The median is the number where half the list is less, and half is greater. Similarly, the 1st quartile is where 25% are less and the 3rd where 25% are greater. Use a list slice to extract these 3 and a 97th percentile, by multiplying the fractional percentage with the list length:

    pl -A 0..200 'echo @ARGV[map $_*@ARGV, .25, .5, .75, .97]'

If you'd rather have names associated, assign them to hash slice in sort-numerically-at-end %N(UMBER), whose key order must match the percentages:

    pl -A 0..200 '@NUMBER{qw(lower median upper 97.)} = @ARGV[map $_*@ARGV, .25, .5, .75, .97]'
Triangular Number, Factorial, and Averages

80% of people consider themselves to be above average. :-)

The triangular number is defined as the sum of all numbers from 1 to n, e.g., 1 to 5. Factorial is the equivalent for products:

    pl 'echo sum 1..5;
        echo product 1..5'

The sum of all list elements divided by the length of the list gives the linear average. Alternately the root mean square can be a fairer average because it accounts for the weights:

    pl -A 11..200 'echo sum( @ARGV ) / @ARGV;
         echo sqrt sum( map $_ ** 2, @ARGV ) / @ARGV'
Add Pairs or Tuples of Numbers

If you have a list of number pairs and want to add each 1st and each 2nd number, reduce is your friend. Inside it map over the pair elements 0..1:

    pl 'echo reduce {
            [map $a->[$_] + $b->[$_], 0..1]
        } [1, 11], [2, 12], [3, 13]'

If your list is a variable and is empty the result is undef. You can insert a fallback zero element if you'd rather receive that for an empty list:

    pl 'echo reduce {
            [map $a->[$_] + $b->[$_], 0..1]
        } [0, 0], @list'

The above adds pairs because we iterate 0..1. You can generalize this to tuples by iterating to the length of the 1st array:

    pl 'echo reduce {
            [map $a->[$_] + $b->[$_], 0..$#$a]
        } [1, 11, 21], [2, 12, 22], [3, 13, 23]'
Big Math

2 + 2 = 5 for extremely large values of 2. :-)

With the bignum and bigrat modules you can do arbitrary precision and semi-symbolic fractional math:

    pl -Mbignum 'echo 123456789012345678901234567890 * 123456789012345678901234567890'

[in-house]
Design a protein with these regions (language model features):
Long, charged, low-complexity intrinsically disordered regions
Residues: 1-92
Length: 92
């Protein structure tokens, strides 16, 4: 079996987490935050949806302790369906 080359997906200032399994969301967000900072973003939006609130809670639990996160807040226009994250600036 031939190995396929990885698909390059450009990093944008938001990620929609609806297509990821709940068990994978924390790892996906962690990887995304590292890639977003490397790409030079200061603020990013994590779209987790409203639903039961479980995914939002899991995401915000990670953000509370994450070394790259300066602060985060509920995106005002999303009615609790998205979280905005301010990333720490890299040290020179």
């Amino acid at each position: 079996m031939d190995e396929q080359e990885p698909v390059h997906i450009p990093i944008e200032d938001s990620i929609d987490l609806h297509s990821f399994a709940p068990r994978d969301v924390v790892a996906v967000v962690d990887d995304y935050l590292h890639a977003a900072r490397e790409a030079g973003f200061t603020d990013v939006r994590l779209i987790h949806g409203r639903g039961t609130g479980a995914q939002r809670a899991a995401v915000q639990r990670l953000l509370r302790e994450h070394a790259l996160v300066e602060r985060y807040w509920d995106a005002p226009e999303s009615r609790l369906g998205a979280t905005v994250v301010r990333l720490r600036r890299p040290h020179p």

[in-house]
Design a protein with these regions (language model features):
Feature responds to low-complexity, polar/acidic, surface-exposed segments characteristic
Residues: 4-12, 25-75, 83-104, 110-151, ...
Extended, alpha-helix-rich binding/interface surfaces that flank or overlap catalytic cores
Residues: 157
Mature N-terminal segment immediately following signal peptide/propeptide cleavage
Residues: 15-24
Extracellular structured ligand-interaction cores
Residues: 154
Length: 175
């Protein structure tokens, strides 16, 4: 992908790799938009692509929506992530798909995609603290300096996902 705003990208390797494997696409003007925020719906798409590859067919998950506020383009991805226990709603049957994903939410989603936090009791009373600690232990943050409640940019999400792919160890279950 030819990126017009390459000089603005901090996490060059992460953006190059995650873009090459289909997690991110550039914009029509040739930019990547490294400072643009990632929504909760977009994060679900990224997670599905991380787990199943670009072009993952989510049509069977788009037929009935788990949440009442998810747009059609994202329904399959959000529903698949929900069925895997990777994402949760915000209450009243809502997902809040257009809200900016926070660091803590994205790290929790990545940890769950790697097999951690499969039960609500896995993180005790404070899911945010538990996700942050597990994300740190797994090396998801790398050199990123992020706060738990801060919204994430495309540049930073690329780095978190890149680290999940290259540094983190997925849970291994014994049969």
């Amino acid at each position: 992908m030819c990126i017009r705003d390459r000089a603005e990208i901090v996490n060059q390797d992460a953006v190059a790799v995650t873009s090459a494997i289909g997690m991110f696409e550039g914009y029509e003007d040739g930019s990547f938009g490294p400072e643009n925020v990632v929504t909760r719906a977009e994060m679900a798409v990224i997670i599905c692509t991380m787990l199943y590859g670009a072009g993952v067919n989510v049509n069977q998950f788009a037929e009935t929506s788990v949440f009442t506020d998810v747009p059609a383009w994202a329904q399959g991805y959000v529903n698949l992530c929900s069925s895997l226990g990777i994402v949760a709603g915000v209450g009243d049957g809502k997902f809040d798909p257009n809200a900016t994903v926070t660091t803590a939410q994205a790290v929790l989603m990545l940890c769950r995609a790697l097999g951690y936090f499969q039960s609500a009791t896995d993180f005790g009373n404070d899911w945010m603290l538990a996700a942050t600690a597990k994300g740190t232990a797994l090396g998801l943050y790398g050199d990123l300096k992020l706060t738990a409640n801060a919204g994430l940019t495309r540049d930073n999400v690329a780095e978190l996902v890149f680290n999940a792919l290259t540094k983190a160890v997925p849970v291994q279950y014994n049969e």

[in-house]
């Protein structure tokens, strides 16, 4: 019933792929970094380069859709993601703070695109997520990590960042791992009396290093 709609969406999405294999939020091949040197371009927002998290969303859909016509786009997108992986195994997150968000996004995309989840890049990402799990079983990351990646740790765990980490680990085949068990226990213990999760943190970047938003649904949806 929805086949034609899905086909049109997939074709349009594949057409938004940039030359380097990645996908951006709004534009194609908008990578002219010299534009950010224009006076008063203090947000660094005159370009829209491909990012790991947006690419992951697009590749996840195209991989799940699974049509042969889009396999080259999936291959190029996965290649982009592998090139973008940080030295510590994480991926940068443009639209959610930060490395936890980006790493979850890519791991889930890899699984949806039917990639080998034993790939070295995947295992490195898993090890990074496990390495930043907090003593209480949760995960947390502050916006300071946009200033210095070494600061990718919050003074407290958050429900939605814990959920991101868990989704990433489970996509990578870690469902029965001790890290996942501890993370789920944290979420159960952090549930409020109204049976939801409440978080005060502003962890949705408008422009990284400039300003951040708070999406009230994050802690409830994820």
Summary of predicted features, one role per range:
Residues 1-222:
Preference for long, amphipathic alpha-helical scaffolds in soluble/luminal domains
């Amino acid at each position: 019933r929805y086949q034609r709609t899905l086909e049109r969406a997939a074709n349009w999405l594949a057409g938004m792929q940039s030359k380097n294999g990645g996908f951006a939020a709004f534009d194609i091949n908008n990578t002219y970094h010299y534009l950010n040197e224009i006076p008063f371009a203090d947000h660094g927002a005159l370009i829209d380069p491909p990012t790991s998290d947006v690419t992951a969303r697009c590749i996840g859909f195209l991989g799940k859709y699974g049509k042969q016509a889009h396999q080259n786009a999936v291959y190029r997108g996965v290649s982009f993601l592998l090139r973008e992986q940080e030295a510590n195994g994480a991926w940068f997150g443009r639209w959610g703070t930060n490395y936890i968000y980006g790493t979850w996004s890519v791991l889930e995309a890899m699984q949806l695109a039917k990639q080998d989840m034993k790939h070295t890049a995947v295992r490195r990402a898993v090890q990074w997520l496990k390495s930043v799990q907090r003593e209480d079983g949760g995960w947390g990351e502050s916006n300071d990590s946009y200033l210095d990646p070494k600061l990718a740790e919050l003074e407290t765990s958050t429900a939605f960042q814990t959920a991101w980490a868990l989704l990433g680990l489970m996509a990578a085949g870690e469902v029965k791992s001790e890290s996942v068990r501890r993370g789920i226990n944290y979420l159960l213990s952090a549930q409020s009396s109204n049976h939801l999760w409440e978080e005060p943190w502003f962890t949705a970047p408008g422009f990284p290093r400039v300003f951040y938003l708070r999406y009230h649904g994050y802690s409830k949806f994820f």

pl -Mbignum 'echo 1.23456789012345678901234567890 * 1.23456789012345678901234567890'

    pl -Mbigrat 'echo 1/23456789012345678901234567890 * 1/23456789012345678901234567890'

This calculates all primes in a given range, e.g., 2 to 99:

    pl 'echo grep {
            $a = $_;
            all { $a % $_ } 2..$_/2;
        } 2..99'
Fibonacci Numbers

These are, seeded with 1 and 1, all sums of the previous two. Show all up to a given maximum:

    pl '$a = $_ = 1; echo;
        while( $_ < $ARGV[0] ) {
            echo; ($a, $_) = ($_, $a + $_)
        }' 50000
Collatz 3n + 1

What's 3n plus n? Hmm, sounds 4n to me. (-:

Collatz' unproven & unrefuted conjecture is that the function f(n) = if odd: 3n + 1 else n/2 will always lead to 1, when applied repeatedly to any natural number n. Since if odd: 3n + 1 is even, we can skip it and go straight to the postsuccessor (3n + 1)/2 = (2n + n-1 + 2)/2 = n + int(n/2) + 1. Loop with -o over remaining args in $_. Having simplified the factor 3, inline the function as more efficient bit-ops:

    pl -o 'echo "---" if $ARGIND; echo;
        while( $_ > 1 ) {
            if( $_ & 1 ) { ++($_ += $_ >> 1) } else { $_ >>= 1 }
        }' 23 27

Add some fancy indent to show the turns, starting far enough right to let the snakes wiggle in both directions:

    pl -o 'echo "---" if $ARGIND;
        $i = 40;
        while( 1 ) {
            form "%*d", $i, $_;
        last if $_ < 2;
            if( $_ & 1 ) { ++$i; ++($_ += $_ >> 1) } else { --$i; $_ >>= 1 }
        }' 15 48 49

Powers of 2 only get halved, so check only as long as the result has more than one bit on (n & (n - 1)). Furthermore, this tricky problem alternates between the binary & ternary realms which never meet, as no power of three is even. At least we can show both bases, their square and product bases, as well as, out of habit, decimal. For bases use bignum as of Perl 5.30, which would also allow astronomical numbers. Sadly, f(orm) can't go beyond 64 bits, so this is also how you'd get around that. Also add direction indicators:

    pl -OMbignum -B 'form $f = "%s %26s %16s %14s %12s %9s %8s", " ", @b = qw(2 3 4 6 9 10)' '$ARGV += 0; $b = 2;
        echo "---" if $ARGIND;
        while( 1 ) {
            form $f, qw(\\ / +)[$b], map $ARGV->to_base($_), @b;
        last unless $ARGV & ($ARGV - 1);
            if( $b = $ARGV & 1 ) { ++($ARGV += $ARGV >> 1) } else { $ARGV >>= 1 }
        }' 255 511

This lead to exciting findings here.

Separate Big Numbers with Commas, ...

Loop and print with line-end (-opl) over remaining args in $_. If reading from stdin or files, instead of arguments, use only -pl. After a decimal dot, insert a comma before each 4th commaless digit. Then do the same backwards from end or decimal dot, also for Perl style with underscores:

    n='1234567 12345678 123456789 1234.5678 3.141 3.14159265358'
    pl -opl '1 while s/[,.]\d{3}\K(?=\d)/,/;
        1 while s/\d\K(?=\d{3}(?:$|[.,]))/,/' $n
    pl -opl '1 while s/[._]\d{3}\K(?=\d)/_/;
        1 while s/\d\K(?=\d{3}(?:$|[._]))/_/' $n

The same for languages with a decimal comma, using either a dot or a space as spacer:

    n='1234567 12345678 123456789 1234,5678 3,141 3,141592653589'
    pl -opl '1 while s/[,.]\d{3}\K(?=\d)/./;
        1 while s/\d\K(?=\d{3}(?:$|[.,]))/./' $n
    pl -opl '1 while s/[, ]\d{3}\K(?=\d)/ /;
        1 while s/\d\K(?=\d{3}(?:$|[ ,]))/ /' $n


HTML Encoding